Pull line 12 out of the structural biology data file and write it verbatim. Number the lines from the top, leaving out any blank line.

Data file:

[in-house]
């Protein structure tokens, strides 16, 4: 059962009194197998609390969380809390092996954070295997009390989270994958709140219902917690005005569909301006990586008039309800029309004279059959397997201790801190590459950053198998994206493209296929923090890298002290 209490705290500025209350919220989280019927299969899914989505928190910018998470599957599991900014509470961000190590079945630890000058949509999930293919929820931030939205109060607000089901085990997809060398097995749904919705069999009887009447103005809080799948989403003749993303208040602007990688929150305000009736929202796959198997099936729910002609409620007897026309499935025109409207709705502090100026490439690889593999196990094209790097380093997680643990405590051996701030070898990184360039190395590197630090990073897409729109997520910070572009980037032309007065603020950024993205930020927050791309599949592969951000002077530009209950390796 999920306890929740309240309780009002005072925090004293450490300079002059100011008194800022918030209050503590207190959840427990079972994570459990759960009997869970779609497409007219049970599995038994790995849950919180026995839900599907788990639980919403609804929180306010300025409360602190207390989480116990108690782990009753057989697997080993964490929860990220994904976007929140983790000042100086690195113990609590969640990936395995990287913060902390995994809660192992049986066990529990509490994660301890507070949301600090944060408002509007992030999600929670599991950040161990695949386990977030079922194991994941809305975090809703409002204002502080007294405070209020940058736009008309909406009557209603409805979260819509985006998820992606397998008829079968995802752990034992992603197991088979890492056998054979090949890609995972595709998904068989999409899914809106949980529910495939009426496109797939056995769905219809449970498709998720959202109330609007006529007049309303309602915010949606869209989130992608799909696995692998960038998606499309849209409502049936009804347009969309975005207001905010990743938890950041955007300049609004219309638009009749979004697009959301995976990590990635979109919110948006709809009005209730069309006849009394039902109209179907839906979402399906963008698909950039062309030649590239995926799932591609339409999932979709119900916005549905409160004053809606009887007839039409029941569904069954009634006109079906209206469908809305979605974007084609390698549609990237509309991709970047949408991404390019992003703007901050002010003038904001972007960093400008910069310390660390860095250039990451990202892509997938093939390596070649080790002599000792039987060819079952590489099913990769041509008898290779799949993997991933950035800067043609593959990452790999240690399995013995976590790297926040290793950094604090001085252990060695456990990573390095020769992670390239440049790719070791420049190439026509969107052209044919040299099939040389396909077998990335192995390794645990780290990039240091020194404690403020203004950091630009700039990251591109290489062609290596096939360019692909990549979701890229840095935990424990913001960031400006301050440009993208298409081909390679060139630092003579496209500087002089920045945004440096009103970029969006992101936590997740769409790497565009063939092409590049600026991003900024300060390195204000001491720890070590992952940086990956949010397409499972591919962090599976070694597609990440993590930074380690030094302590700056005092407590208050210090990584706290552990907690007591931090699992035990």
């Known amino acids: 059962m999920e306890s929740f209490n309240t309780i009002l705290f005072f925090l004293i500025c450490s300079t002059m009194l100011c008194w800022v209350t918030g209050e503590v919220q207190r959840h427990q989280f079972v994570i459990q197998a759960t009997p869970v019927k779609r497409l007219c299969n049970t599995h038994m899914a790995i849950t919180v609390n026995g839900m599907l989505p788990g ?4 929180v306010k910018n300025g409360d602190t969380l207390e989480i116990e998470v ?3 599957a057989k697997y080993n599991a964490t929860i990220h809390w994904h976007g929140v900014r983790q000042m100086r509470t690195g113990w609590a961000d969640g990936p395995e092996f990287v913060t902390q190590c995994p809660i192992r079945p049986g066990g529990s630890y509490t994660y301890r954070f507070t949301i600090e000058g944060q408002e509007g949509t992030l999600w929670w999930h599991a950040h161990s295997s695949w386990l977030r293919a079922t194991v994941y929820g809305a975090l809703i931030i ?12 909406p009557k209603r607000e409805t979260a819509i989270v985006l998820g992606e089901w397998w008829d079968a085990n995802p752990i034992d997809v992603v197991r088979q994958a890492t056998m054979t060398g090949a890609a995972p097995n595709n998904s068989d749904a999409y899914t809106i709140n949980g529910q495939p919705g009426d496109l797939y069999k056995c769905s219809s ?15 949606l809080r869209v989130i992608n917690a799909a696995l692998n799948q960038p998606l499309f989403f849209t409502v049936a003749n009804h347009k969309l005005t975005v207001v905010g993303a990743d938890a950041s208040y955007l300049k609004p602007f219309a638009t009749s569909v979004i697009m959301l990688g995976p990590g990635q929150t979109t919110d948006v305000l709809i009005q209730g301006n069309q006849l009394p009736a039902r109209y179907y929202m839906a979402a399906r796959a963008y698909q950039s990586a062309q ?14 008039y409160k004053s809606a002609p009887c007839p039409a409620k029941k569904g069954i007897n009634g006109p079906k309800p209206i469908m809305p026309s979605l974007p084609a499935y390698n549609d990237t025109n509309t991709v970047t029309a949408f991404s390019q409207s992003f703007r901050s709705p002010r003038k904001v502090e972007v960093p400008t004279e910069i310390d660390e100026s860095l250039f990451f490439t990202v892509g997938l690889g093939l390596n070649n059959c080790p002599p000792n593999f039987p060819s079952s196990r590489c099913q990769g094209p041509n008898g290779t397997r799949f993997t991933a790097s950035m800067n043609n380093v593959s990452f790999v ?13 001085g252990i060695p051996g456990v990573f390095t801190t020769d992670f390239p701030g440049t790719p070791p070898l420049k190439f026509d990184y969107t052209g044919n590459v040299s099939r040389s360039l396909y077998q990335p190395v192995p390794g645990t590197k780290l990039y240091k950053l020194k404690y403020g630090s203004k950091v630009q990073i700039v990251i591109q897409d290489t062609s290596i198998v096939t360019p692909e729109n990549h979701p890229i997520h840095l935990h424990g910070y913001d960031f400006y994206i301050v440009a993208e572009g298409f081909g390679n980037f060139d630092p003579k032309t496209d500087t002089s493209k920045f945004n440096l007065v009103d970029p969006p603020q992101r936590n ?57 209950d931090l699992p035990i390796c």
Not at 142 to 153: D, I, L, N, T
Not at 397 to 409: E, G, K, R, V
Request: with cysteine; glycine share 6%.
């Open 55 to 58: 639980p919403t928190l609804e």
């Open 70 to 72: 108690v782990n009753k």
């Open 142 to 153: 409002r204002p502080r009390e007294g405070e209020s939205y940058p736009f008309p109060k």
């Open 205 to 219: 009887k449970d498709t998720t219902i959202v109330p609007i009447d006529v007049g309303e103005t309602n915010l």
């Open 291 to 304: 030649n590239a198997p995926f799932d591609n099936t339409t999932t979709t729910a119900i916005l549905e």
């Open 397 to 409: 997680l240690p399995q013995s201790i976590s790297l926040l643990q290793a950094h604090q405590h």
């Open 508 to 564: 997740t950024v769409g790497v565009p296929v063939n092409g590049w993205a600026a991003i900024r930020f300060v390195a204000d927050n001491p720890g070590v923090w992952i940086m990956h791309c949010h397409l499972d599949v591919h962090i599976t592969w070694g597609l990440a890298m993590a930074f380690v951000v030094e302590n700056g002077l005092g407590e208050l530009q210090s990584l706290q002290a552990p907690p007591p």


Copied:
């Open 397 to 409: 997680l240690p399995q013995s201790i976590s790297l926040l643990q290793a950094h604090q405590h």